Period of candidature, study load and annual leave
We want you to enjoy your research journey, we also want you to complete on time and move onto the next step in your academic or professional career. For this reason, there are three annual candidature milestones which provide a timeframe and structure for completing your degree.
Whether you’re studying part-time or full-time for a Masters by Research or a PhD there are set minimum and maximum periods in which you need to complete your research. You will be supported to achieve the optimum submission date and manage your workload through annual milestone reviews and regular supervision meetings over your candidature.
Duration of candidature is set out in section 2 of the Higher Degrees by Research Policy.
Your candidature is calculated from your research commencement date. This date will therefore determine your milestone and maximum completion dates. You can check these dates in your myRMIT or, if you think there is an error with your dates, you can manually calculate your consumed candidature and milestone and maximum completion dates.
If you are a PhD candidate, you should aim to submit 0.5 EFTSL (6 months full-time or 12 months part-time) before your maximum completion date (the final date that you can submit your thesis or project for examination). This is sometimes referred to as your optimal submission date. This leaves at least six months of candidature to deal with unexpected events such as illness, or problems with your data or project.
You will be considered to have expended your candidature, if you:
- do not submit your thesis/project by your maximum completion date
- have not received approval for an extension by this time
- have an approved extension but have failed to submit by the time of your extension end date.
If you exceed your maximum duration, your enrolment will be cancelled by RMIT for exceeding the maximum duration of your program.
If you are transferring to RMIT from a similar degree at another university, the duration of your candidature at RMIT will be the maximum period of candidature for the particular degree, less your period of enrolment at the other university.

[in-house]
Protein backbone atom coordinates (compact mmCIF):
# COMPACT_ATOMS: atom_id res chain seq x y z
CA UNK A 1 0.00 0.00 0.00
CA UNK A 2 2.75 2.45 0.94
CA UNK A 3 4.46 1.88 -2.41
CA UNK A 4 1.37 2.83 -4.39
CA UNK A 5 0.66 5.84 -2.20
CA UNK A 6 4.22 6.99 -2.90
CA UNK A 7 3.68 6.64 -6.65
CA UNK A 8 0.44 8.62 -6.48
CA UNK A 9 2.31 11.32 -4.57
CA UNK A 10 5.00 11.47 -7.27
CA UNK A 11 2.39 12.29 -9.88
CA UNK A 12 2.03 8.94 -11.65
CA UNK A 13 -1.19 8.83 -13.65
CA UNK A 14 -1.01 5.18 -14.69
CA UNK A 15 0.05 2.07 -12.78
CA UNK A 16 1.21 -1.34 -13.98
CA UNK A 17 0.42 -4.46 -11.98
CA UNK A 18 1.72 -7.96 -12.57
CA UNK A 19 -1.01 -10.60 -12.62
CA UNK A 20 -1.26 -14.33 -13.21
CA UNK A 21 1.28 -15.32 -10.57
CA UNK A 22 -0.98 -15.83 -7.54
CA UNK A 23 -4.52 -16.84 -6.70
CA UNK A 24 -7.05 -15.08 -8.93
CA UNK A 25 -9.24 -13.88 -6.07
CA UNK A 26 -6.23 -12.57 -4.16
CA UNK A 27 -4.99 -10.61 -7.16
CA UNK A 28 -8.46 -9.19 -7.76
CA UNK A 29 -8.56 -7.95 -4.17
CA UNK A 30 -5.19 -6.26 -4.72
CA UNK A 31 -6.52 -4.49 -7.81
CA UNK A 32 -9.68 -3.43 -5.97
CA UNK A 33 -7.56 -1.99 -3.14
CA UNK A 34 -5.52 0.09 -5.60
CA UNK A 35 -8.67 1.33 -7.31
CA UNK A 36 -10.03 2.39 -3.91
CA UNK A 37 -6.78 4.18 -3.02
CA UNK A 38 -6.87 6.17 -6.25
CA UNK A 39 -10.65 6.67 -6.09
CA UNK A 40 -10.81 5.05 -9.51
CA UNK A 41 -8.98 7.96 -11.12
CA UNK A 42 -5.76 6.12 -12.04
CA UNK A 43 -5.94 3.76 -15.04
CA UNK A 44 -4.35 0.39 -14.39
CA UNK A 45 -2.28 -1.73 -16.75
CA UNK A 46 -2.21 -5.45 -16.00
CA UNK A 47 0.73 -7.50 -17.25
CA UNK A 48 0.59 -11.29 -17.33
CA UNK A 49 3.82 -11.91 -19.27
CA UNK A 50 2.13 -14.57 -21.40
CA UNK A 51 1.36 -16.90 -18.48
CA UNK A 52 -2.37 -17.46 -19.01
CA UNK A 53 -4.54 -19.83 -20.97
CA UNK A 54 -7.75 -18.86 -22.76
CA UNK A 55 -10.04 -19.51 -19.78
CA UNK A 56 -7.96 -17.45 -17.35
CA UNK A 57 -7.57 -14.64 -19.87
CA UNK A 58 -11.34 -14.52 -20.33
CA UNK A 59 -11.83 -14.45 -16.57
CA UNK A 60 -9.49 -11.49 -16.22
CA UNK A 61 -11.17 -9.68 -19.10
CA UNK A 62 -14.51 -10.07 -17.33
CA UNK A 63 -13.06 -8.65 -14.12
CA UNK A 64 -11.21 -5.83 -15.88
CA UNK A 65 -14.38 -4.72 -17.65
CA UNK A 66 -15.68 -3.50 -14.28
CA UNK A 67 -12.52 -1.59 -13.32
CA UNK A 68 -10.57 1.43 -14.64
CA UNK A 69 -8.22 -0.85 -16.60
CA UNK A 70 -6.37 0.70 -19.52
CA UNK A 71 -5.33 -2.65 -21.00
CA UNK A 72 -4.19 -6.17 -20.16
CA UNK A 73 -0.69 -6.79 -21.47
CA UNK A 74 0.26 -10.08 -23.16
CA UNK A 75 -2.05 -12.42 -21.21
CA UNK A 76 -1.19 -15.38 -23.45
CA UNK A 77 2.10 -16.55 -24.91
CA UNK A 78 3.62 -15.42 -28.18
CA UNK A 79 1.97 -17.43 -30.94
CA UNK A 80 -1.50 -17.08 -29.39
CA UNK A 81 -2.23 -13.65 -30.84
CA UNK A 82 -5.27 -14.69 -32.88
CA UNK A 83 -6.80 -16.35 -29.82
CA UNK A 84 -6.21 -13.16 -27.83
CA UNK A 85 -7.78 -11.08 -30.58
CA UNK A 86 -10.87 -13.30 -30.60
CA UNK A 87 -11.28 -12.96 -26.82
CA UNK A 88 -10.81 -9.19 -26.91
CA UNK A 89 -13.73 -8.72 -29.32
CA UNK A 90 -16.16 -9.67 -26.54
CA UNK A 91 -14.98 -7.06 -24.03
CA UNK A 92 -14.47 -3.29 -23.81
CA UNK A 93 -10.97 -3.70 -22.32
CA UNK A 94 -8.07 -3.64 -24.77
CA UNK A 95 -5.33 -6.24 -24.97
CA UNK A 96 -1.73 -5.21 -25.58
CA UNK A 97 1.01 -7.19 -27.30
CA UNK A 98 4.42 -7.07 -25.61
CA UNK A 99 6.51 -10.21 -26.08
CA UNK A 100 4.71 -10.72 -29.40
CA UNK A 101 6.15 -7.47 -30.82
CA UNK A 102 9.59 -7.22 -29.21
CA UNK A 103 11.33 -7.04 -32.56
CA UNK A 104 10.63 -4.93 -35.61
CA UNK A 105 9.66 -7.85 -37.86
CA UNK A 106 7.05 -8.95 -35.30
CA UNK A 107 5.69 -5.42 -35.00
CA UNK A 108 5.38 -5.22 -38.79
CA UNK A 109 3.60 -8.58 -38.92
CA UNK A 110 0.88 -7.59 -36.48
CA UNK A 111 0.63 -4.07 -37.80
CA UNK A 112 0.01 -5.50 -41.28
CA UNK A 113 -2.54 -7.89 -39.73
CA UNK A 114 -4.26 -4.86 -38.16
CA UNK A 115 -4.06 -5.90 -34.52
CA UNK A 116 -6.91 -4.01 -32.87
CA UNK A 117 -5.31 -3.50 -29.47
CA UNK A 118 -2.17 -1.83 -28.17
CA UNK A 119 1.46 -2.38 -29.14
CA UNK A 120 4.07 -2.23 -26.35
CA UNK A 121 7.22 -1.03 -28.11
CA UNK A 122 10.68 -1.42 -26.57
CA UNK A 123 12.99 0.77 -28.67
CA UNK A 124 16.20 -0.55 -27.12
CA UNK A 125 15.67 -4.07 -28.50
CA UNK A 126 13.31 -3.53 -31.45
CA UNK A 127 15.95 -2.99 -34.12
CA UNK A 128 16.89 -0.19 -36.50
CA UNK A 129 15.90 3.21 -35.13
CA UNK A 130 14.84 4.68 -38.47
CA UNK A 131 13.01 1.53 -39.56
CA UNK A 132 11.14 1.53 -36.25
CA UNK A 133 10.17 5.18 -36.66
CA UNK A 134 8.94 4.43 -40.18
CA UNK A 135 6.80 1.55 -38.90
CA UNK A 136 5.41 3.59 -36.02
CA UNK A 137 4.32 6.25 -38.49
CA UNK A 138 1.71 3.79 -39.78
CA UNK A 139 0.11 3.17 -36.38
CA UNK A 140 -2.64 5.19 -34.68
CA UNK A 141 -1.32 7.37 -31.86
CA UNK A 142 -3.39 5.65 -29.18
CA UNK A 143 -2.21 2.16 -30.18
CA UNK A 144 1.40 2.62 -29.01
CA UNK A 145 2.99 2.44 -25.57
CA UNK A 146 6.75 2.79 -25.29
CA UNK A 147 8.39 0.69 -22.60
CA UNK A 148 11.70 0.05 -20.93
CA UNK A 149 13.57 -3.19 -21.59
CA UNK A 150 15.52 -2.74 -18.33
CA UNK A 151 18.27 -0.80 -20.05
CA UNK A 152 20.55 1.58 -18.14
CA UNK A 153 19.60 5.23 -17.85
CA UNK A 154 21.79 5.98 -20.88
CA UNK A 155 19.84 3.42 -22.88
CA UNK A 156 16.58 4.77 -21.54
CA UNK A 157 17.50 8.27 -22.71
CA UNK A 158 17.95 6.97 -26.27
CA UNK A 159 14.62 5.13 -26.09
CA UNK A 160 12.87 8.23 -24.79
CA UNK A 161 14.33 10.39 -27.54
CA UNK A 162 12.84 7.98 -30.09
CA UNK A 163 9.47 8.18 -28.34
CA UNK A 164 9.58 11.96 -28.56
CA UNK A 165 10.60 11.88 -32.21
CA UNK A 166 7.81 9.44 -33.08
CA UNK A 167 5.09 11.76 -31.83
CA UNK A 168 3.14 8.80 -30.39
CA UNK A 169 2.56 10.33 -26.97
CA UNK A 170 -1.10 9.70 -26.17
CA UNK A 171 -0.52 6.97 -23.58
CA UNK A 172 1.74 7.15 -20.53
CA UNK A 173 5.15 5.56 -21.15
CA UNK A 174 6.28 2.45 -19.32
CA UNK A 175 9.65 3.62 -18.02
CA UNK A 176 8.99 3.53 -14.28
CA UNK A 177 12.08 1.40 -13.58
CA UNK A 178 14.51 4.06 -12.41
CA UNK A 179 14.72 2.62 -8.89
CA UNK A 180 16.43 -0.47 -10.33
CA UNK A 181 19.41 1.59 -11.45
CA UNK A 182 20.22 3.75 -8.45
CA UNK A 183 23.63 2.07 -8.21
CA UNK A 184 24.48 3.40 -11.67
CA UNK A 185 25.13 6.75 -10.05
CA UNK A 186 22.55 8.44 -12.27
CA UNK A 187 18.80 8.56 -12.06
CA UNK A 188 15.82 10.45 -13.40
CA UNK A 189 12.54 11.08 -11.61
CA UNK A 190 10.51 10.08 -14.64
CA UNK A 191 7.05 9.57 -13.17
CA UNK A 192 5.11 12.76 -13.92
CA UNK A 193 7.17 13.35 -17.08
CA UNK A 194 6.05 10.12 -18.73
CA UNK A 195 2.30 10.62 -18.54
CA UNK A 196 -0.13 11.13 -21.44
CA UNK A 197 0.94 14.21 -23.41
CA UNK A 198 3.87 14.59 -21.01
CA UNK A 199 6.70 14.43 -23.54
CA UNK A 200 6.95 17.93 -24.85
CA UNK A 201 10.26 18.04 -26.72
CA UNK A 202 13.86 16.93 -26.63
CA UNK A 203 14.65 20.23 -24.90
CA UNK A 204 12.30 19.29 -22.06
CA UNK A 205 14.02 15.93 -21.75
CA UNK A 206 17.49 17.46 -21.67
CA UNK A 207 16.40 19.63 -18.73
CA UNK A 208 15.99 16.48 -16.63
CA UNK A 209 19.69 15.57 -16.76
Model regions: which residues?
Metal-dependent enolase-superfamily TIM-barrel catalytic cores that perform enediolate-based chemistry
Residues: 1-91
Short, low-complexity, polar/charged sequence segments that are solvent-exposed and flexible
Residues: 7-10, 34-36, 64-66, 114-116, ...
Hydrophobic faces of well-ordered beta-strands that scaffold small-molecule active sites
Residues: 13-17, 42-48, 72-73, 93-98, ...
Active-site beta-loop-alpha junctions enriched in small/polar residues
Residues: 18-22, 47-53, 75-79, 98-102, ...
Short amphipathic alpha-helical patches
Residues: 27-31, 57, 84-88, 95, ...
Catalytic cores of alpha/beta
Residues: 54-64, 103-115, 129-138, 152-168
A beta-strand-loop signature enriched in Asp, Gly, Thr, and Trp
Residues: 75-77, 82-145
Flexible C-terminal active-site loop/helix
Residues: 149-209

For example, if you have spent one year studying full-time at another university undertaking a PhD, and then transfer to a PhD at RMIT, your balance of candidature at RMIT (that is the maximum time that you can spend prior to submission) is three years.
Domestic candidates will be asked when to indicate whether you wish to study full-time or part-time when you apply for admission.
International candidates on a student visa in Australia are required by ESOS legislation to enrol full time. You can seek to change your enrolment to part-time only under compassionate or compelling circumstances.
We recommend that a full-time research candidate spends at least four days per week and a part-time candidate should average at least two days per week on their research throughout the year.
If you wish to enrol part-time (or change your status from full to part-time) due to employment responsibilities you must provide evidence concerning how you will meet the required time commitment of two days per week.
We strongly recommend against attempting to combine full-time employment with full-time study.
The academic year for RMIT research degree candidates is defined as a period of 48 weeks with 4 weeks annual leave.
It is important to take a period of annual leave each year and we encourage you to use University services (i.e. gym, health and other student services) to develop a healthy research/life balance that is sustainable over the long-haul of a research degree.
Annual leave does not result in any change to your enrolment or duration of candidature, or have any impact on your milestone due dates, unlike a formal leave of absence.
You should get your Senior Supervisor’s agreement before going on leave to ensure that your candidature will not be affected and also notify your School HDR Administrator.